Castles In The Air Quotes by Charles Churchill, Fanny Burney, Henrik Ibsen, Dmitri Mendeleev, John Vanbrugh, Louisa May Alcott and many others.
No tribute is laid on castles in the air.
Tis best to build no castles in the air.
Castles in the air – they are so easy to take refuge in. And so easy to build too.
The edifice of science not only requires material, but also a plan. Without the material, the plan alone is but a castle in the air-a mere possibility; whilst the material without a plan is but useless matter.
You may build castles in the air, and fume, and fret, and grow thin and lean, and pale and ugly, if you please. But I tell you, no man worth having is true to his wife, or can be true to his wife, or ever was, or will be so.
I’ve got the key to my castle in the air, but whether I can unlock the door remains to be seen.
No man is worth having is true to his wife, or can be true to his wife, or ever was, or ever will be so.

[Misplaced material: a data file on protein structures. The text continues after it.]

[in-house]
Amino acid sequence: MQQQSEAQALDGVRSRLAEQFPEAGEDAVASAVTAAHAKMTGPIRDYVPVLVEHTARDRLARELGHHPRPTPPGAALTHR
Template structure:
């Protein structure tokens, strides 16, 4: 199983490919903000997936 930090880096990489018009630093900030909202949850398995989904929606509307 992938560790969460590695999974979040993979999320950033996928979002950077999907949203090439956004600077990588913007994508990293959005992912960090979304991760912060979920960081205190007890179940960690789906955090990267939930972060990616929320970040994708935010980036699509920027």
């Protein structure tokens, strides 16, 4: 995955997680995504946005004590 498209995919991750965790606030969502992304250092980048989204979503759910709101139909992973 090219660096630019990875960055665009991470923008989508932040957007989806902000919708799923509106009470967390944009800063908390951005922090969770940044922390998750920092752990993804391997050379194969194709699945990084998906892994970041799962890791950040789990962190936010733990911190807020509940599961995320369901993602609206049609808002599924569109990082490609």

No dreams, no visions, no delicious fantasies, no castles in the air, with which, as the old song so truly says, hearts are broken, heads are turned.
To know your ruling passion, examine your castles in the air.
Wishes, like castles in the air, are inexpensive and not taxable.
Bows and flows of angel hair and ice cream castles in the air and feather canyons everywhere, I’ve looked at clouds that way.
If you don’t build castles in the air you won’t build anything on the ground.
When I got to the library I came to a standstill, – ah, the dear room, what happy times I have spent in it rummaging amongst the books, making plans for my garden, building castles in the air, writing, dreaming, doing nothing.
Castles in the air cost a vast deal to keep up.
Happy season of virtuous youth, when shame is still an impassable barrier, and the sacred air-cities of hope have not shrunk into the mean clay hamlets of reality; and man, by his nature, is yet infinite and free.
In all assemblies, though you wedge them ever so close, we may observe this peculiar property, that over their heads there is room enough; but how to reach it is the difficult point. To this end the philosopher’s way in all ages has been by erecting certain edifices in the air.
There is more pleasure to building castles in the air than on the ground.